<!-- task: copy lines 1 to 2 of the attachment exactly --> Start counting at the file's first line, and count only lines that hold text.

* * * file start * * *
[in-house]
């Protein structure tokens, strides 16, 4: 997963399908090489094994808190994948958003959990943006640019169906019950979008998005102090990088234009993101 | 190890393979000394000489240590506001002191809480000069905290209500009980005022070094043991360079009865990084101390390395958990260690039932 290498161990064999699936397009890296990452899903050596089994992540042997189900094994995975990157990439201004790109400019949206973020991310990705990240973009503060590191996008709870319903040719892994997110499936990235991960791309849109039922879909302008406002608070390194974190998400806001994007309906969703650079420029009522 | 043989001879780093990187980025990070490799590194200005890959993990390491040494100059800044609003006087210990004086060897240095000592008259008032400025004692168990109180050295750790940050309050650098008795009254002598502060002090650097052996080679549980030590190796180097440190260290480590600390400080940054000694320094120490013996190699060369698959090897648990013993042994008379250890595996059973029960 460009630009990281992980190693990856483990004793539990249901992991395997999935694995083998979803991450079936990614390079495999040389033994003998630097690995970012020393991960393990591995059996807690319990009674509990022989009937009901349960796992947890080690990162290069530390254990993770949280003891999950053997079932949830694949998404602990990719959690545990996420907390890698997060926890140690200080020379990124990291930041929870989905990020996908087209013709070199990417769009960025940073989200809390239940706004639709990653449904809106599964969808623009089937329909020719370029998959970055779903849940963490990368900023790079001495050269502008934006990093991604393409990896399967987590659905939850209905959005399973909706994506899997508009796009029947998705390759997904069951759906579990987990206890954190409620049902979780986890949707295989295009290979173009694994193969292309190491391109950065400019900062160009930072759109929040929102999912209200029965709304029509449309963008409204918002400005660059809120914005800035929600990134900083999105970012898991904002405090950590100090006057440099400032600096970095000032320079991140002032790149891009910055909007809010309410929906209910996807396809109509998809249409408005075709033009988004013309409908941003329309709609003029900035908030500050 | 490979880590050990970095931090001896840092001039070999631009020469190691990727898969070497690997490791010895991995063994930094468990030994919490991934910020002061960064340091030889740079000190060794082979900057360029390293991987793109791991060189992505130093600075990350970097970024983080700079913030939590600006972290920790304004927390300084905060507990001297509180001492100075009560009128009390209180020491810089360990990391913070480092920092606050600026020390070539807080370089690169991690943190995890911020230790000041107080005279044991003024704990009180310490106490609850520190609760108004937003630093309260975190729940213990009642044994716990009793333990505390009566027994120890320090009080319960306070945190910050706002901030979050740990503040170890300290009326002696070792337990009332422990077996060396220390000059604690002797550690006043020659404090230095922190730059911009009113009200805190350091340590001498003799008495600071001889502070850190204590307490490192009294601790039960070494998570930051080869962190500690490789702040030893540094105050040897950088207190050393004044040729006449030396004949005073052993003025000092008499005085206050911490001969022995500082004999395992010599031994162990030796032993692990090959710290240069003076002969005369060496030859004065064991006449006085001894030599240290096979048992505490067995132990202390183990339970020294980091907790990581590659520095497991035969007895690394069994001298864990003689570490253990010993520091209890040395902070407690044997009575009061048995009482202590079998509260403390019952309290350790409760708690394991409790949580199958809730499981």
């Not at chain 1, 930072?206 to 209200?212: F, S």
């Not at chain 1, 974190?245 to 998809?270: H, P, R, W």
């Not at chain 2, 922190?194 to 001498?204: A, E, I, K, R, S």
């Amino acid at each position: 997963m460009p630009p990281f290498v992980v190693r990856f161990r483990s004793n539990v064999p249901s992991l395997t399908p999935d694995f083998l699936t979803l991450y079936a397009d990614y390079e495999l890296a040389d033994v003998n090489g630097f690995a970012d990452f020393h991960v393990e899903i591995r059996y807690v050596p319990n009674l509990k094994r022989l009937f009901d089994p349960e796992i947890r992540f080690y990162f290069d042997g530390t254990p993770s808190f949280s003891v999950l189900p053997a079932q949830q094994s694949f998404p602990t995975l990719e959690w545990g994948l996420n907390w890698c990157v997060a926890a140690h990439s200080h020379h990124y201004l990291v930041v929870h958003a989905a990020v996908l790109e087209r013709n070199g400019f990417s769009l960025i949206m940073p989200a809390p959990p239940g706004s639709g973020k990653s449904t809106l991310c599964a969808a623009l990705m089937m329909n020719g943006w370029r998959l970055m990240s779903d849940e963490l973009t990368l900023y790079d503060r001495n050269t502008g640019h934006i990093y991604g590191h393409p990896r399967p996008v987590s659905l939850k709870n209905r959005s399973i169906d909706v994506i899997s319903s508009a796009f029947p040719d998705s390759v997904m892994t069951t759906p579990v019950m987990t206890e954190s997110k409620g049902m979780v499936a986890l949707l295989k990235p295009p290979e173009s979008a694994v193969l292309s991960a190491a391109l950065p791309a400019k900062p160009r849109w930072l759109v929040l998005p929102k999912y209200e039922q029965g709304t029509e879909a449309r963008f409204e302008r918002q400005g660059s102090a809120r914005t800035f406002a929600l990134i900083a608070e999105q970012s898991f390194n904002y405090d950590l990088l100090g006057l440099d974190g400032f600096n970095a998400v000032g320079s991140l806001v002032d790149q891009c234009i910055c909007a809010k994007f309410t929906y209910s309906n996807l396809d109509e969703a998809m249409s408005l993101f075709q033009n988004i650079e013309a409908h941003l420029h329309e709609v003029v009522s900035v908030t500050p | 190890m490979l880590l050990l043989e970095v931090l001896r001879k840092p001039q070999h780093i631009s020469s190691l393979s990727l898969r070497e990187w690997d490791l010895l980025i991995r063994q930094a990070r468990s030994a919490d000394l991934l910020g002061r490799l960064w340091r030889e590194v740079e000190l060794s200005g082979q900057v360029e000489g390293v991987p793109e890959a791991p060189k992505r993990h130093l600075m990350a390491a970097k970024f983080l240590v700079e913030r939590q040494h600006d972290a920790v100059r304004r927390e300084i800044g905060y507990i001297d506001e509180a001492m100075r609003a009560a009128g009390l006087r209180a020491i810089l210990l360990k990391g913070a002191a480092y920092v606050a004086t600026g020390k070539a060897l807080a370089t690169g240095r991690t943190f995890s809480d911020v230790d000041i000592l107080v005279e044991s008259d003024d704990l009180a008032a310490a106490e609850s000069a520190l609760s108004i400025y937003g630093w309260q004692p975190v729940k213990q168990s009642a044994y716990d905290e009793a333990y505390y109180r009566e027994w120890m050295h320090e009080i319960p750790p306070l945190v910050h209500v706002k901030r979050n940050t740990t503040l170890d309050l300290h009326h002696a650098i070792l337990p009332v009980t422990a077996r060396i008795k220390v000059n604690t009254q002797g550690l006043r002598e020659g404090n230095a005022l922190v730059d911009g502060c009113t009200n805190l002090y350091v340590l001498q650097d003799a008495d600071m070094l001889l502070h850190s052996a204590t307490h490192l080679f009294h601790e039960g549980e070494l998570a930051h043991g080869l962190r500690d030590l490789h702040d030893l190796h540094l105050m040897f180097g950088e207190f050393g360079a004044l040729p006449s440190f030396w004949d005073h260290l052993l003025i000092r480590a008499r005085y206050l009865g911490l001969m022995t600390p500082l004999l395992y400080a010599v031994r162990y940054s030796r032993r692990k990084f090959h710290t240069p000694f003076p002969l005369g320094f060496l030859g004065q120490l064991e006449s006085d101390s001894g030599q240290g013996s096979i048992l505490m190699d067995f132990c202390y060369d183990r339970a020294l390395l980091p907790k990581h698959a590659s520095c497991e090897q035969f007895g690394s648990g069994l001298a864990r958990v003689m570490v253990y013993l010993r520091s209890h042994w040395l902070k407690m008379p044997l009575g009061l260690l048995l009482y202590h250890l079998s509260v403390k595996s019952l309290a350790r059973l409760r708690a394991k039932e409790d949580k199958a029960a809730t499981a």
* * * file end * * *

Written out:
[in-house]
């Protein structure tokens, strides 16, 4: 997963399908090489094994808190994948958003959990943006640019169906019950979008998005102090990088234009993101 | 190890393979000394000489240590506001002191809480000069905290209500009980005022070094043991360079009865990084101390390395958990260690039932 290498161990064999699936397009890296990452899903050596089994992540042997189900094994995975990157990439201004790109400019949206973020991310990705990240973009503060590191996008709870319903040719892994997110499936990235991960791309849109039922879909302008406002608070390194974190998400806001994007309906969703650079420029009522 | 043989001879780093990187980025990070490799590194200005890959993990390491040494100059800044609003006087210990004086060897240095000592008259008032400025004692168990109180050295750790940050309050650098008795009254002598502060002090650097052996080679549980030590190796180097440190260290480590600390400080940054000694320094120490013996190699060369698959090897648990013993042994008379250890595996059973029960 460009630009990281992980190693990856483990004793539990249901992991395997999935694995083998979803991450079936990614390079495999040389033994003998630097690995970012020393991960393990591995059996807690319990009674509990022989009937009901349960796992947890080690990162290069530390254990993770949280003891999950053997079932949830694949998404602990990719959690545990996420907390890698997060926890140690200080020379990124990291930041929870989905990020996908087209013709070199990417769009960025940073989200809390239940706004639709990653449904809106599964969808623009089937329909020719370029998959970055779903849940963490990368900023790079001495050269502008934006990093991604393409990896399967987590659905939850209905959005399973909706994506899997508009796009029947998705390759997904069951759906579990987990206890954190409620049902979780986890949707295989295009290979173009694994193969292309190491391109950065400019900062160009930072759109929040929102999912209200029965709304029509449309963008409204918002400005660059809120914005800035929600990134900083999105970012898991904002405090950590100090006057440099400032600096970095000032320079991140002032790149891009910055909007809010309410929906209910996807396809109509998809249409408005075709033009988004013309409908941003329309709609003029900035908030500050 | 490979880590050990970095931090001896840092001039070999631009020469190691990727898969070497690997490791010895991995063994930094468990030994919490991934910020002061960064340091030889740079000190060794082979900057360029390293991987793109791991060189992505130093600075990350970097970024983080700079913030939590600006972290920790304004927390300084905060507990001297509180001492100075009560009128009390209180020491810089360990990391913070480092920092606050600026020390070539807080370089690169991690943190995890911020230790000041107080005279044991003024704990009180310490106490609850520190609760108004937003630093309260975190729940213990009642044994716990009793333990505390009566027994120890320090009080319960306070945190910050706002901030979050740990503040170890300290009326002696070792337990009332422990077996060396220390000059604690002797550690006043020659404090230095922190730059911009009113009200805190350091340590001498003799008495600071001889502070850190204590307490490192009294601790039960070494998570930051080869962190500690490789702040030893540094105050040897950088207190050393004044040729006449030396004949005073052993003025000092008499005085206050911490001969022995500082004999395992010599031994162990030796032993692990090959710290240069003076002969005369060496030859004065064991006449006085001894030599240290096979048992505490067995132990202390183990339970020294980091907790990581590659520095497991035969007895690394069994001298864990003689570490253990010993520091209890040395902070407690044997009575009061048995009482202590079998509260403390019952309290350790409760708690394991409790949580199958809730499981």